The chicks cannot see the workers, they can only hear the noise. With each new sound I watch the chickens as they visibly shrink, hoping to disappear. Their nerves are shattered and they’re not laying.
Yesterday gunshots entered the fray! A 3-shot gun salute blasted from the nearby cemetery. The chicks acted like they’d each been shot. With heads turning wildly and eyes bulging crazily, they darted for cover shrieking a chorus of high A’s.
Chicken Little times three.
Take a look at a couple of creative coops and a proud chicken owner in the Twin Cities. We visited them last month as part of the Parade of Coops! tour (see the September 16, 2008 post Parade of Coops!). We recently found the photos after they’d been lost and we’re thrilled to bring them to you.
A backyard chicken coop is more than just a place to house hens. It’s a landscape feature in your garden. Whether it’s store bought, a kit or homemade think about how the color and design will go with your surroundings. Check out the Her Patch of Green feature in the current issue (October 2008) of This Old House magazine http://www.thisoldhouse.com for inspiration. The artistic coop located in a Seattle backyard will interest you. For other interesting coop designs look at http://www.winecountrycoops.com.
Crazy Lulu’s at it again. A few days ago while letting the chicks out to free-range I noticed her back area looked wet. With much concern, I tried to get a closer look. The Wild One didn’t let me get close. We were a funny sight as doubled over I almost tripped trying to sneak up on her. As she scurried away she suddenly began to waddle strangely and I became more worried.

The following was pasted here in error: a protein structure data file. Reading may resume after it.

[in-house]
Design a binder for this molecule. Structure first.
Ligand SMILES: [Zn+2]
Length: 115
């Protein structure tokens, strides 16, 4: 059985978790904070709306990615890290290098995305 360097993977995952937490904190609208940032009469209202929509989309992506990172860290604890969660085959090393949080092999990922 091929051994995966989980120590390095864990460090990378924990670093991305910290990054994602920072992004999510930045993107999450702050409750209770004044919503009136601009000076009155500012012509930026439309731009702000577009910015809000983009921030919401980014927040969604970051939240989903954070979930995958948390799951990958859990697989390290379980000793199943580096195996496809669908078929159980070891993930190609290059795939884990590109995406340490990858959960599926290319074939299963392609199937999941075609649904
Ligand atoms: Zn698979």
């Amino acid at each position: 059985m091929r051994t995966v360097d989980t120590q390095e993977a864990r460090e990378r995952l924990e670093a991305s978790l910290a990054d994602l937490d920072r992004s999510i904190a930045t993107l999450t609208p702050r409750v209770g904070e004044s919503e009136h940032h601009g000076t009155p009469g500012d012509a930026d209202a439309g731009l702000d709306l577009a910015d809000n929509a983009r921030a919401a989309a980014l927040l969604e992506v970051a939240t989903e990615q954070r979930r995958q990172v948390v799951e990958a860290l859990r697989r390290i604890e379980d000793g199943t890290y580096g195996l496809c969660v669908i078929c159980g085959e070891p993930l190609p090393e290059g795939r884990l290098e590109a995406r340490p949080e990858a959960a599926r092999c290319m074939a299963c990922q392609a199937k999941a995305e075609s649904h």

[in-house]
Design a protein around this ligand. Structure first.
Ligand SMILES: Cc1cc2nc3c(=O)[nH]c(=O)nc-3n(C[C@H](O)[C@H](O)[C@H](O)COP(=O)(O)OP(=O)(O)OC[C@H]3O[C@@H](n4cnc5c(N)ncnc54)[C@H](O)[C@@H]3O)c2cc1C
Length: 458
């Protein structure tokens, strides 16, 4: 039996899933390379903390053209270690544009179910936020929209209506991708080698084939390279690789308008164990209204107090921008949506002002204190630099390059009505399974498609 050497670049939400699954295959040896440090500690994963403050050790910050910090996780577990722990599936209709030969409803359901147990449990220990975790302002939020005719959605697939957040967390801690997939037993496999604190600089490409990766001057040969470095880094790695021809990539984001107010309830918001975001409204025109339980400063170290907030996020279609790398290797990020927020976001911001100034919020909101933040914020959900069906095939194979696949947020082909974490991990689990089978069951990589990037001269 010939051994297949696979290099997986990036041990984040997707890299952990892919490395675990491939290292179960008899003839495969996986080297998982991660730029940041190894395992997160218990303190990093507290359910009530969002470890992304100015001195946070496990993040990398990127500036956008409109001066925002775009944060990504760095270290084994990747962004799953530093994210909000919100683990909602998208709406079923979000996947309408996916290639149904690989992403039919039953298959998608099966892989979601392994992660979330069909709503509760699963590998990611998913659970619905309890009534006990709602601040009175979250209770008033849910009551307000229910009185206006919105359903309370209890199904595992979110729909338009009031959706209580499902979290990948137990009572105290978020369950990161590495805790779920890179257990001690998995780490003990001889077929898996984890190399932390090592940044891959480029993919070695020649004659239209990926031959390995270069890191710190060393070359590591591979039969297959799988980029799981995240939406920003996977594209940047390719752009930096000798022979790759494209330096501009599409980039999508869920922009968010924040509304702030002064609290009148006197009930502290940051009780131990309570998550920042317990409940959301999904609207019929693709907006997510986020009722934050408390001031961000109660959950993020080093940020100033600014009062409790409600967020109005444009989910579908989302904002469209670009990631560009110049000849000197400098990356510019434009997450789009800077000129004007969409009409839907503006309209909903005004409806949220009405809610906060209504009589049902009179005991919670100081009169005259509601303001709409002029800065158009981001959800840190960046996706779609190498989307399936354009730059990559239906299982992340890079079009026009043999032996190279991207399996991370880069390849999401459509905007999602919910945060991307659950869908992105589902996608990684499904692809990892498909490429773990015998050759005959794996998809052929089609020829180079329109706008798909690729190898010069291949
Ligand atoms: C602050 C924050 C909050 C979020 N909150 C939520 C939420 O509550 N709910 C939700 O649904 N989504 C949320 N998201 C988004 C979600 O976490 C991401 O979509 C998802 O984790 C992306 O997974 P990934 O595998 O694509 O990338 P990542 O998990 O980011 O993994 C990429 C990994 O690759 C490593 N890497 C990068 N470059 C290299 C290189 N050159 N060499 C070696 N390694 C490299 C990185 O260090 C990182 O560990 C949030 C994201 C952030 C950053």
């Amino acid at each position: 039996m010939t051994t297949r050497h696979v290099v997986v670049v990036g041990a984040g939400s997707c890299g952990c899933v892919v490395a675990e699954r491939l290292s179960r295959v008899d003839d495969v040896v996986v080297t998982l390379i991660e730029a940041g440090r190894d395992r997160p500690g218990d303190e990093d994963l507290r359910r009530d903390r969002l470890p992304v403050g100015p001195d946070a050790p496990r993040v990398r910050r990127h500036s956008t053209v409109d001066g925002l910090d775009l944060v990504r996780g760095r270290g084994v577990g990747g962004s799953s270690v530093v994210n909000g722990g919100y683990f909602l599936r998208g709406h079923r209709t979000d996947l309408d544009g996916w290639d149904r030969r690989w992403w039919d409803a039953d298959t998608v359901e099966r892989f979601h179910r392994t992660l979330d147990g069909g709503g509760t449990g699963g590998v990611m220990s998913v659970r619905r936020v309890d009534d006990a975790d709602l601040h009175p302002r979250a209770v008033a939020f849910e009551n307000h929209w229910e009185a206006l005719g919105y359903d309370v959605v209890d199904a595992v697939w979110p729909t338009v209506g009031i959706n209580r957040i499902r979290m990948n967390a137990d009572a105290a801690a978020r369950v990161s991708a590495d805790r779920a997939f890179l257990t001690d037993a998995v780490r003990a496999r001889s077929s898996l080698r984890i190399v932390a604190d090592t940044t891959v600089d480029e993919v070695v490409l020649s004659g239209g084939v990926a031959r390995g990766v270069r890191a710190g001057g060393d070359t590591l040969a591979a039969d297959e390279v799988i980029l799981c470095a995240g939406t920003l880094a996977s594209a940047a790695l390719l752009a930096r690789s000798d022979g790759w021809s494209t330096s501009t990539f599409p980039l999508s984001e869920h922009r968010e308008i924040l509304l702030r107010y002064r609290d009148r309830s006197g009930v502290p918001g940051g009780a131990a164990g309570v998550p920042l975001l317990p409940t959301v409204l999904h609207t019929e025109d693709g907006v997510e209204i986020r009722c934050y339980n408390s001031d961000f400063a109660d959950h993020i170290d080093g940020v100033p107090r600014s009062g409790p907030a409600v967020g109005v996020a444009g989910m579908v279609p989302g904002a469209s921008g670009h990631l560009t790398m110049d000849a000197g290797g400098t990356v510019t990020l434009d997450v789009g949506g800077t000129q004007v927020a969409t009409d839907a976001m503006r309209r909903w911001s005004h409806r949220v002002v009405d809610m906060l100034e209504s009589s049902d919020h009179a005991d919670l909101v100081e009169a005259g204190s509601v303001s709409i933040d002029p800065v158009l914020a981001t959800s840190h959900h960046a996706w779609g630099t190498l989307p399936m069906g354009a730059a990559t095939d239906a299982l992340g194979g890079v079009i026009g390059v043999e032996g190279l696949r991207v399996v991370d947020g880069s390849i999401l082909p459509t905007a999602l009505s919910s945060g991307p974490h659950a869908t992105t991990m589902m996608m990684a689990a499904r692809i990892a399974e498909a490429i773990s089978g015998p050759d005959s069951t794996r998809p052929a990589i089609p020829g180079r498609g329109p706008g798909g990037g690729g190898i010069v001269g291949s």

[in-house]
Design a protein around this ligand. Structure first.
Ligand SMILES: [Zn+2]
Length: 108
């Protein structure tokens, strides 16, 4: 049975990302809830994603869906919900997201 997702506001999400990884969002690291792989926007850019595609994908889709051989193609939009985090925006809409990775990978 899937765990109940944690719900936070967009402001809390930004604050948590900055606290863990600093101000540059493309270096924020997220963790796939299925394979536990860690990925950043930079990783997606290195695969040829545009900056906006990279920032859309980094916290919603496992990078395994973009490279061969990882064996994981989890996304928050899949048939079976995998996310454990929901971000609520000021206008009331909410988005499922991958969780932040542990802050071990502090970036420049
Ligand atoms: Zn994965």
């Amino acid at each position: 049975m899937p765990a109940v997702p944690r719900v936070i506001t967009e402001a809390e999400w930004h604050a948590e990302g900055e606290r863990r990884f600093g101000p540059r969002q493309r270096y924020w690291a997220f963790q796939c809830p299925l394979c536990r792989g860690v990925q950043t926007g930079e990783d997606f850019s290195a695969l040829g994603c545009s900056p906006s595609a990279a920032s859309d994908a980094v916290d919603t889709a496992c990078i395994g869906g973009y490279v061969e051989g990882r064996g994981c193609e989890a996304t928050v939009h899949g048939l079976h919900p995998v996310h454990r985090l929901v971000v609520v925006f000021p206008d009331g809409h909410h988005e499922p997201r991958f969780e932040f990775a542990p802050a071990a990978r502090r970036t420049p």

All of a sudden in the middle a waddle out pops an egg! But it’s no ordinary egg—it’s a pre-peeled egg. The normal-sized egg was fully formed with a yolk, white and membrane. The only thing lacking was the beautiful pale blue shell. Because the membrane was surprisingly strong, I was able to pick the egg up and gently clean it before cooking it in lightly simmering water. It was delightful.
Egg Without Shell Before Cooking
We’ve had a few problems with Lulu laying soft eggs recently and we’re not sure why. Her diet is balanced and she eats oyster shells daily to add calcium for strong shells. She’s not sick and the other chicks are fine. I’ve discussed her situation with a vet who specializes in chickens and she’s stumped. I’ve also asked a local group of chicken enthusiasts but no one seems to have any answers. Maybe she’s starting to molt and it’s a symptom. I hope it stops soon.